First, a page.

Despite past misgivings about Virtual Desktop Infrastructure, some enterprises may now prefer it over RDP for remote-working because of these benefits.

During tough times, agile organizations are usually better-placed to innovate and adapt to capitalize on emerging opportunities in a matter of weeks, not months.

To ensure effective collaboration and decision-making among socially-distanced employees, a reliable and efficient remote-work environment is required—one that provides stable and secure access to work applications and data.

One key technology to meet this demand has been the virtual desktop infrastructure (VDI), which has allowed organizations to incorporate a completely virtual desktop ecosystem. Armed with the ability to access the workplace from any preferred device, anywhere, VDI allows employees to define their workplace experience on their own terms.

Beyond the benefits to remote workers, even in a post-COVID work environment, VDI can also serve as an engine of digitalization and transformation.

Natively-secure virtual work environments

With 7-in-10 CIOs in the Asia Pacific region reported to rank cybersecurity as their leading responsibility ahead of other IT priorities, business leaders are constantly on the lookout for solutions that minimize exposure risks as a way to prevent attacks.

Today’s distributed work environment, combined with the inevitable connection of personal devices to corporate networks, calls for increasingly-flexible cybersecurity strategies that can scale to manage an ever-growing number of endpoints.

A clear benefit of the VDI model is that all data is stored in a centralized infrastructure; nothing is retained at the endpoint. This adds an important layer of protection that Bring Your Own Device ecosystems will require, considering how attractive personal devices and unsecured connected devices at home have become as targets for cyber criminals.

VDI’s proactive security approach also encompasses the centralized management of virtual desktops. Functions such as sharing data based on the user’s location, or the option to isolate sessions to limit access remotely, further enhance a business’ cybersecurity posture.

Consequently, managing access for third party contractors has traditionally presented a high-security risk. Through a private VDI platform, administrators can quickly provision and de-provision desktop resources as needed for a given contractor. This increased visibility, combined with the ability to geofence users and isolate VDI sessions, ultimately offers the ability to build a more secure virtual desktop ecosystem.

Flash storage has rejuvenated VDI

VDI provides the ability to streamline environments so that IT teams are geared to respond to market and user needs quickly—a critical advantage for a business looking to identify opportunities in a volatile landscape. For instance, when trialing and maintaining applications, administrators can deploy and test new platforms within ‘live’ environments immediately without having to provision hardware resources. Once the testing is complete, IT teams can simply spin down the VDI instance and roll out the new update, application or desktop environment.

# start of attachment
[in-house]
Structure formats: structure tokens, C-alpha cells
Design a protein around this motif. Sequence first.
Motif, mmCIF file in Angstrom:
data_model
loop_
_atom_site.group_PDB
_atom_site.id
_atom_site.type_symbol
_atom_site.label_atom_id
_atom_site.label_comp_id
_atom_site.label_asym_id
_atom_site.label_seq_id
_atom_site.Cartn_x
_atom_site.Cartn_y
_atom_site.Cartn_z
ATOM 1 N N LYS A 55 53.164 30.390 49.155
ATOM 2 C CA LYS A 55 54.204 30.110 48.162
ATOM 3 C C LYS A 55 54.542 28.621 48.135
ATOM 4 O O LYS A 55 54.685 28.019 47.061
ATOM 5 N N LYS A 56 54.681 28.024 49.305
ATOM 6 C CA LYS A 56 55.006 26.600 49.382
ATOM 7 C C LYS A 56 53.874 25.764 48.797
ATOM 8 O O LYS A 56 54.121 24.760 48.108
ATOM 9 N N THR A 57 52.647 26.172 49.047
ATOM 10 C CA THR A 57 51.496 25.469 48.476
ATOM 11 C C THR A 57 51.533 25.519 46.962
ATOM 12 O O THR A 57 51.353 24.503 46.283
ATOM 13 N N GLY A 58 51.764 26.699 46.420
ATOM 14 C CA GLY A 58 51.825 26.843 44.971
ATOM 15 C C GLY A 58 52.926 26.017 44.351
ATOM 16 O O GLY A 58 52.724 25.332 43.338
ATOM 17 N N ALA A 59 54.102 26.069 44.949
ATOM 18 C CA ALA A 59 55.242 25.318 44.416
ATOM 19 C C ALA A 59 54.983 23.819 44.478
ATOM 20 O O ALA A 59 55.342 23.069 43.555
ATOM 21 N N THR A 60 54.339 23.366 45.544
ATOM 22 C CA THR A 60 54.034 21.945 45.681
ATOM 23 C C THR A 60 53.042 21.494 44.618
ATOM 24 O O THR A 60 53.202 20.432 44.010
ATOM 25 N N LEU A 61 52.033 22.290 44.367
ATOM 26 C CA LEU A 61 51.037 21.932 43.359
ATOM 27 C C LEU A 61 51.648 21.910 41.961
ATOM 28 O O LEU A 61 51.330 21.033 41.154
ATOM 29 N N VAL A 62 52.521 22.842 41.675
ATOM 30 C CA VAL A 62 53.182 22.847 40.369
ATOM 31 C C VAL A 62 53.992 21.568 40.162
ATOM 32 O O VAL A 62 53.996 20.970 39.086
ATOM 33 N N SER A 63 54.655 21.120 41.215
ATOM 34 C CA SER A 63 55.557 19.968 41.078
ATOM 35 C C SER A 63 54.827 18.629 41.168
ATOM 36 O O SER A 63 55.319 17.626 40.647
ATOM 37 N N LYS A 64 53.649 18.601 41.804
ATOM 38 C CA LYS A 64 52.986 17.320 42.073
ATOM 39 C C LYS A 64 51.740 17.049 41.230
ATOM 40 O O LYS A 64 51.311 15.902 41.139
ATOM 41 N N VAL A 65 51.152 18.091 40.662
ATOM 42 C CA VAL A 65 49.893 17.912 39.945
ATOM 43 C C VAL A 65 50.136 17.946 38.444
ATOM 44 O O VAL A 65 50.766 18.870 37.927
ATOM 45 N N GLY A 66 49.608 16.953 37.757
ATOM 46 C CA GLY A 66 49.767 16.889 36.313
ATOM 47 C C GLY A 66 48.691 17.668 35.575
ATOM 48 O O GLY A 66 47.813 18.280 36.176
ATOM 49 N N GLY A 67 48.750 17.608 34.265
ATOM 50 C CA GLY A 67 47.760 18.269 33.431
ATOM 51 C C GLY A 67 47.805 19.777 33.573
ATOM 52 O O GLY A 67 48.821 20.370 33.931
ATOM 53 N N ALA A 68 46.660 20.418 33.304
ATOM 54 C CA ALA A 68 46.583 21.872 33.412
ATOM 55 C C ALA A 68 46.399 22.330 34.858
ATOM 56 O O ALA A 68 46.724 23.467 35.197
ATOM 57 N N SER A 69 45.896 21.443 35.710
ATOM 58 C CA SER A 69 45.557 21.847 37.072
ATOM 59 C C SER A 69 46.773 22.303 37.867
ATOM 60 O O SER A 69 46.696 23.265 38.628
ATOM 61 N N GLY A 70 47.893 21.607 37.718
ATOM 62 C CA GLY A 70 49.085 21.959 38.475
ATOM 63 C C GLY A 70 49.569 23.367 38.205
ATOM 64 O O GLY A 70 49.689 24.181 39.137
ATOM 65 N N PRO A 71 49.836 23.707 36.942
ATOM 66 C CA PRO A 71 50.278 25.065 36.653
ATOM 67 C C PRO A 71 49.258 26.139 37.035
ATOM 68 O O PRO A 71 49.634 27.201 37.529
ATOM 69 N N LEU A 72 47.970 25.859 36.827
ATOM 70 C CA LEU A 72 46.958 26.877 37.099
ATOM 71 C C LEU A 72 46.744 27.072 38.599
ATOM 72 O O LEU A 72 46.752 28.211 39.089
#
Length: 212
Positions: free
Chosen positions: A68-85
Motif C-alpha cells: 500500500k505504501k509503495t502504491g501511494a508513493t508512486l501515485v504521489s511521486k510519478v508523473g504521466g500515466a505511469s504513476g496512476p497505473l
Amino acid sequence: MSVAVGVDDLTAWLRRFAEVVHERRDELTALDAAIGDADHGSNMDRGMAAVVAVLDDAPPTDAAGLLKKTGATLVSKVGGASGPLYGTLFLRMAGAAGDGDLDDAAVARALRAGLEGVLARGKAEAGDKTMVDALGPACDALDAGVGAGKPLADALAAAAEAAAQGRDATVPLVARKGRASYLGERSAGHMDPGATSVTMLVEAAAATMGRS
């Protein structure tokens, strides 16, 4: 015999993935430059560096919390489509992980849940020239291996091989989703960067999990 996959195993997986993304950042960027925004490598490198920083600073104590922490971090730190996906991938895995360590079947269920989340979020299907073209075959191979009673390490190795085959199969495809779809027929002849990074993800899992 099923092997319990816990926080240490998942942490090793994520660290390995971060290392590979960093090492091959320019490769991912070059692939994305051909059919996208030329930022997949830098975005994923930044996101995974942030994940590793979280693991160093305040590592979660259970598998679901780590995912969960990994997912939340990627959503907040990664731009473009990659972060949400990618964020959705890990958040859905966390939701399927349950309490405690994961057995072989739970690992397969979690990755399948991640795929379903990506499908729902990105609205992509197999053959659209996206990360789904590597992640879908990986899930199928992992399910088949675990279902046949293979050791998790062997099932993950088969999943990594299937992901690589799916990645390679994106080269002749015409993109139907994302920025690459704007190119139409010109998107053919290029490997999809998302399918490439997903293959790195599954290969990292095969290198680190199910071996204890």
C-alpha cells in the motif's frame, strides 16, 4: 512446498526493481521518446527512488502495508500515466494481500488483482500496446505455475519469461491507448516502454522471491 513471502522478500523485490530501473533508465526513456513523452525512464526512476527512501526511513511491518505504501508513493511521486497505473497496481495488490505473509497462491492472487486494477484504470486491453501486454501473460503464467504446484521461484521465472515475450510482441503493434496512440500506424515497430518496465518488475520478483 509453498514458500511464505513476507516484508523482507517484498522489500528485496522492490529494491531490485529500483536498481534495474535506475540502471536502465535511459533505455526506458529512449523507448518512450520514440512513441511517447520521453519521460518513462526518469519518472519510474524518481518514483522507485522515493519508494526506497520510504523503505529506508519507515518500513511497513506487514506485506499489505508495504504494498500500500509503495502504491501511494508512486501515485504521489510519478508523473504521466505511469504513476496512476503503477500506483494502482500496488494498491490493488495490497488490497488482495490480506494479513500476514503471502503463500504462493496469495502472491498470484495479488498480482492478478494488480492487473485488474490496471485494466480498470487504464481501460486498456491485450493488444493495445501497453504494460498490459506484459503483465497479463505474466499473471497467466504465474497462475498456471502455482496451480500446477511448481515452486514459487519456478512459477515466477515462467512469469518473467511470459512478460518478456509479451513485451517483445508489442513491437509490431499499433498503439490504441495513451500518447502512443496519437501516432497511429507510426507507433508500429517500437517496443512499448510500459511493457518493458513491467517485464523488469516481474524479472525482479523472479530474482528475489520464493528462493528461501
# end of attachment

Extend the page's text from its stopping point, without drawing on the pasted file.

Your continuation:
With the right storage capability, VDI also provides heavy resource users such as IT teams, the same powerful user experience for large workloads. Entire workloads can be re-provisioned with resources that are needed to allow a diverse range of users to be productive wherever and whenever they choose to work.

Traditionally regarded as expensive and slower when run on spinning disk architecture, this is no longer the case as many organizations have turned to flash storage for high performance with lower latency, higher resiliency and powerful scalability at a more efficient total cost of ownership (TCO), even with heavier workloads.

Data reduction for higher DC efficiency

In the face of increasing pressure to maximize resources and cut spending, VDI and virtualization give businesses better control over their cloud environments and the allocation of resources.

The ability to dynamically-provision resources offers unparalleled flexibility and helps IT teams to realize the true value of data center efficiency without the need to worry about big endpoints and lost resources.

DC performance can be further transformed with data-reduction technologies such as deduplication and compression, which supports high performance for mixed workloads and almost every application at much better value.

By controlling all resources connected into the virtual desktop delivery architecture, IT teams can be one step closer to optimal data center efficiency.

Moving ahead with VDI

Once overlooked and under-utilized due to long timeframes, heavy resource commitments and the huge upfront costs required for virtual machines, VDI technologies could be the foundation for a modern data experience for some enterprises, which can then improve security and increase control while expanding connectivity as employees move toward the new norm of a hybrid home-office work model.

If implemented well, VDI can position teams well to support new business models with faster development cycles, while streamlining operations to deliver better experiences for end-users and customers alike.